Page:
Translation:The woman eats a fruit and drinks a coffee.
Do you want to say that you are using present continuous as time? Or you contest the article for a coffee?
You should consider the fact you are learning Romanian here. The sentence in Romanian is good and we are currently using this way of saying: un fruct , două fructe (yes, we have a plural form for fruct) and we are drinking o cafea or even două cafele every morning.
We dont't recommend you to use this English translation in your everyday speaking, but it is served here for learning purposes, learners must understand language differences between English and Romanian.
Yes, and there is either a literal translation, which will cause any English speaker to wonder what you are trying to say, of a meaningful translation that is a clear, usually simple sentence. The problem is, I don't want to learn to create an awkward English sentence to then make a literal translation in into Romanian. "The woman is eating a piece of fruit and drinking a cup of coffee," is a good, understandable translation of "Femeia mănâncă un fruct și bea o cafea." "The woman eats a fruit and drinks a coffee." is not. It has nothing to do with understanding language differences. It has to do with being able to communicate in both languages.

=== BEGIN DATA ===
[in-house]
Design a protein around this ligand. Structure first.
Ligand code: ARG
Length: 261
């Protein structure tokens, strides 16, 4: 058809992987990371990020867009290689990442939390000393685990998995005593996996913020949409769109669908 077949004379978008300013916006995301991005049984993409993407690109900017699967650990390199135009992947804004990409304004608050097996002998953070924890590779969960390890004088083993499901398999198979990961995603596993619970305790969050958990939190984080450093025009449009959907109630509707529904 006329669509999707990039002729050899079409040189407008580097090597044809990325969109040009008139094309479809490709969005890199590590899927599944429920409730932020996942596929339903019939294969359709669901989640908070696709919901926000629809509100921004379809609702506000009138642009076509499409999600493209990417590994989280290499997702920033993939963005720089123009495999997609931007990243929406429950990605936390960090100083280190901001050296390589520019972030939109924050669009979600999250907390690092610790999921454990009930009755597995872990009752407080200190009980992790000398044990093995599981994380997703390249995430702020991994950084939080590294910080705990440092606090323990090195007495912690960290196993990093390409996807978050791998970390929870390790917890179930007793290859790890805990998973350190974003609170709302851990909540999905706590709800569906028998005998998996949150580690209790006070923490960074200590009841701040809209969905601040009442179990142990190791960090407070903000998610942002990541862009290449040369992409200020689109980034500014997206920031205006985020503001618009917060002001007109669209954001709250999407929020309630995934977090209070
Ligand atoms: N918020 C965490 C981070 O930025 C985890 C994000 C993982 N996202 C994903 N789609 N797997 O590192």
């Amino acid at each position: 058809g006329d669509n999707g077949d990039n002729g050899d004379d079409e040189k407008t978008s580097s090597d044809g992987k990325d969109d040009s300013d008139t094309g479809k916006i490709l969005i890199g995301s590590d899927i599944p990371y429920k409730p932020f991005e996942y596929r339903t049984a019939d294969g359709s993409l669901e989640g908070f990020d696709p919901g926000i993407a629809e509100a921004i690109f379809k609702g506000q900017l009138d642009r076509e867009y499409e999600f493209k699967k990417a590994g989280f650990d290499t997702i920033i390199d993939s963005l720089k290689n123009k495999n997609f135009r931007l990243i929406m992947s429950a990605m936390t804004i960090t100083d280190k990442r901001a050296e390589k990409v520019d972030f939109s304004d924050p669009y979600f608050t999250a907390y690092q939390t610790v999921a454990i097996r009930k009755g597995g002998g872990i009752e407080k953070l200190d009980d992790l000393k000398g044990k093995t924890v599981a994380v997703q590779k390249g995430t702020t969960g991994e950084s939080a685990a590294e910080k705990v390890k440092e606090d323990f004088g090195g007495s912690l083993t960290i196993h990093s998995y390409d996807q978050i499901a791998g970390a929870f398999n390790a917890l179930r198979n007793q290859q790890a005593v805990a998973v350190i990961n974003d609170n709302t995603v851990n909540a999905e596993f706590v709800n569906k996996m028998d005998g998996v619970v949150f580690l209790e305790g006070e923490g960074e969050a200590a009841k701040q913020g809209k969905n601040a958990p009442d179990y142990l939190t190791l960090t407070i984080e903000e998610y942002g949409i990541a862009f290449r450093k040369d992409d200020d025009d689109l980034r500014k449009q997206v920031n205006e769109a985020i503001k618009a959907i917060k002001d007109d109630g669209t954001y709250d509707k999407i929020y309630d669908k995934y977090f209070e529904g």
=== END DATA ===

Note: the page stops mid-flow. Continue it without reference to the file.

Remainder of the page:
Exactly, I expect the sentences to be correct in both languages. I understand why the article is there in Romanian, but it is irritating to have perfectly good English marked as incorrect. Literal translations are rejected in other instances, or they may be impossible to enter in the first place, so it's not even consistent across the course. I also don't particularly care about focusing on the idiosyncrasies of the English language here ("a coffee" is correct in a few others I know).
Different just north of the border then. "a coffee" (meaning "a cup of coffee") is very common here in southern Ontario. When ordering in a restaurant or cafe one orders "a coffee" just as one might order "a milkshake". One might ask a friend "would you like a coffee?" or suggest "Let's go get a coffee." Or comment "I really need a coffee right now!" I am very surprised that people find this strange. It is quite ordinary here.
English is my native language and "the woman eats a fruit" sounds completely natural to me, especially with the parallel of "drinks a coffee". I would only use "piece of fruit" when referring to fruit that was cut up into slices or cubes--not for referring to a whole apple or banana or similar fruit. Because that is a fruit, not a piece of one.